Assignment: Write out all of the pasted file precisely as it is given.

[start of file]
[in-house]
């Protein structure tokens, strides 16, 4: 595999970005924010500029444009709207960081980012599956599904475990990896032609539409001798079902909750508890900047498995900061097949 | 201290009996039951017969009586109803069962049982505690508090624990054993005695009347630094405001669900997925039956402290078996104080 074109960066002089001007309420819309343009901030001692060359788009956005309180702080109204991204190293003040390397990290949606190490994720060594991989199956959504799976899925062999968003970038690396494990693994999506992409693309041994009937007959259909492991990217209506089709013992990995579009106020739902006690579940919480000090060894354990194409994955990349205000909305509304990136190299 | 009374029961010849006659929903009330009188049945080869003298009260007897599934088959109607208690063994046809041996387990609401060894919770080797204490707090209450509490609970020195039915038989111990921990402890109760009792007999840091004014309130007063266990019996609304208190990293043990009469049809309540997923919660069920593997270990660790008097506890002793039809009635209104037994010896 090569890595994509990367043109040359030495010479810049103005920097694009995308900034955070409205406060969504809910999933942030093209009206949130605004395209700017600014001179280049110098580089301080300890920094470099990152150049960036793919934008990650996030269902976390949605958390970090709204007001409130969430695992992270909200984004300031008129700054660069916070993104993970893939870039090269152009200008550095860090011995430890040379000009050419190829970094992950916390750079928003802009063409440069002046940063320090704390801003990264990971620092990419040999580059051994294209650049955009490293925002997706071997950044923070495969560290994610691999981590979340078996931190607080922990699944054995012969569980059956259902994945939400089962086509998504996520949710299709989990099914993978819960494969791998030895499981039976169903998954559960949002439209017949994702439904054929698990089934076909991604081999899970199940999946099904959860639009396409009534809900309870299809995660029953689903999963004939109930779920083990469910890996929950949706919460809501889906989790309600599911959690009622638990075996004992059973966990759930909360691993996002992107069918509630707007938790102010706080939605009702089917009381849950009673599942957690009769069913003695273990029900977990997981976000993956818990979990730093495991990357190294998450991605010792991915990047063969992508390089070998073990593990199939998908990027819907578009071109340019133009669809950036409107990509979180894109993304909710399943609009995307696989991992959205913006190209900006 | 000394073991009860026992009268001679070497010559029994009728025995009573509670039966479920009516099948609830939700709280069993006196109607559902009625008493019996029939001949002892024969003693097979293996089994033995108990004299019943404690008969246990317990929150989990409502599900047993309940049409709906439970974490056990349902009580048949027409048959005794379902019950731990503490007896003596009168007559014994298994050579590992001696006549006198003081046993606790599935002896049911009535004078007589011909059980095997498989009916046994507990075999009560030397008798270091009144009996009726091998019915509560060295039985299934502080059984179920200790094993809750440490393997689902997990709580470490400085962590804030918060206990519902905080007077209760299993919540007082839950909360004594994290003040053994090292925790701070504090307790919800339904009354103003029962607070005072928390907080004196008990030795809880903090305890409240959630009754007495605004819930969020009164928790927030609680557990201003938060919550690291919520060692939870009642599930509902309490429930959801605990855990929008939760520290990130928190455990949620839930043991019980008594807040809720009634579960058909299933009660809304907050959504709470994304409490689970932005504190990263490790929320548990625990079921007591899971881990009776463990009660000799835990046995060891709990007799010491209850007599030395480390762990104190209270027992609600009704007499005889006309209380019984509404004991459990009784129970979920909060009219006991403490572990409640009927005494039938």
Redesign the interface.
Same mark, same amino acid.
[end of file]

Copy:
[in-house]
């Protein structure tokens, strides 16, 4: 595999970005924010500029444009709207960081980012599956599904475990990896032609539409001798079902909750508890900047498995900061097949 | 201290009996039951017969009586109803069962049982505690508090624990054993005695009347630094405001669900997925039956402290078996104080 074109960066002089001007309420819309343009901030001692060359788009956005309180702080109204991204190293003040390397990290949606190490994720060594991989199956959504799976899925062999968003970038690396494990693994999506992409693309041994009937007959259909492991990217209506089709013992990995579009106020739902006690579940919480000090060894354990194409994955990349205000909305509304990136190299 | 009374029961010849006659929903009330009188049945080869003298009260007897599934088959109607208690063994046809041996387990609401060894919770080797204490707090209450509490609970020195039915038989111990921990402890109760009792007999840091004014309130007063266990019996609304208190990293043990009469049809309540997923919660069920593997270990660790008097506890002793039809009635209104037994010896 090569890595994509990367043109040359030495010479810049103005920097694009995308900034955070409205406060969504809910999933942030093209009206949130605004395209700017600014001179280049110098580089301080300890920094470099990152150049960036793919934008990650996030269902976390949605958390970090709204007001409130969430695992992270909200984004300031008129700054660069916070993104993970893939870039090269152009200008550095860090011995430890040379000009050419190829970094992950916390750079928003802009063409440069002046940063320090704390801003990264990971620092990419040999580059051994294209650049955009490293925002997706071997950044923070495969560290994610691999981590979340078996931190607080922990699944054995012969569980059956259902994945939400089962086509998504996520949710299709989990099914993978819960494969791998030895499981039976169903998954559960949002439209017949994702439904054929698990089934076909991604081999899970199940999946099904959860639009396409009534809900309870299809995660029953689903999963004939109930779920083990469910890996929950949706919460809501889906989790309600599911959690009622638990075996004992059973966990759930909360691993996002992107069918509630707007938790102010706080939605009702089917009381849950009673599942957690009769069913003695273990029900977990997981976000993956818990979990730093495991990357190294998450991605010792991915990047063969992508390089070998073990593990199939998908990027819907578009071109340019133009669809950036409107990509979180894109993304909710399943609009995307696989991992959205913006190209900006 | 000394073991009860026992009268001679070497010559029994009728025995009573509670039966479920009516099948609830939700709280069993006196109607559902009625008493019996029939001949002892024969003693097979293996089994033995108990004299019943404690008969246990317990929150989990409502599900047993309940049409709906439970974490056990349902009580048949027409048959005794379902019950731990503490007896003596009168007559014994298994050579590992001696006549006198003081046993606790599935002896049911009535004078007589011909059980095997498989009916046994507990075999009560030397008798270091009144009996009726091998019915509560060295039985299934502080059984179920200790094993809750440490393997689902997990709580470490400085962590804030918060206990519902905080007077209760299993919540007082839950909360004594994290003040053994090292925790701070504090307790919800339904009354103003029962607070005072928390907080004196008990030795809880903090305890409240959630009754007495605004819930969020009164928790927030609680557990201003938060919550690291919520060692939870009642599930509902309490429930959801605990855990929008939760520290990130928190455990949620839930043991019980008594807040809720009634579960058909299933009660809304907050959504709470994304409490689970932005504190990263490790929320548990625990079921007591899971881990009776463990009660000799835990046995060891709990007799010491209850007599030395480390762990104190209270027992609600009704007499005889006309209380019984509404004991459990009784129970979920909060009219006991403490572990409640009927005494039938």
Redesign the interface.
Same mark, same amino acid.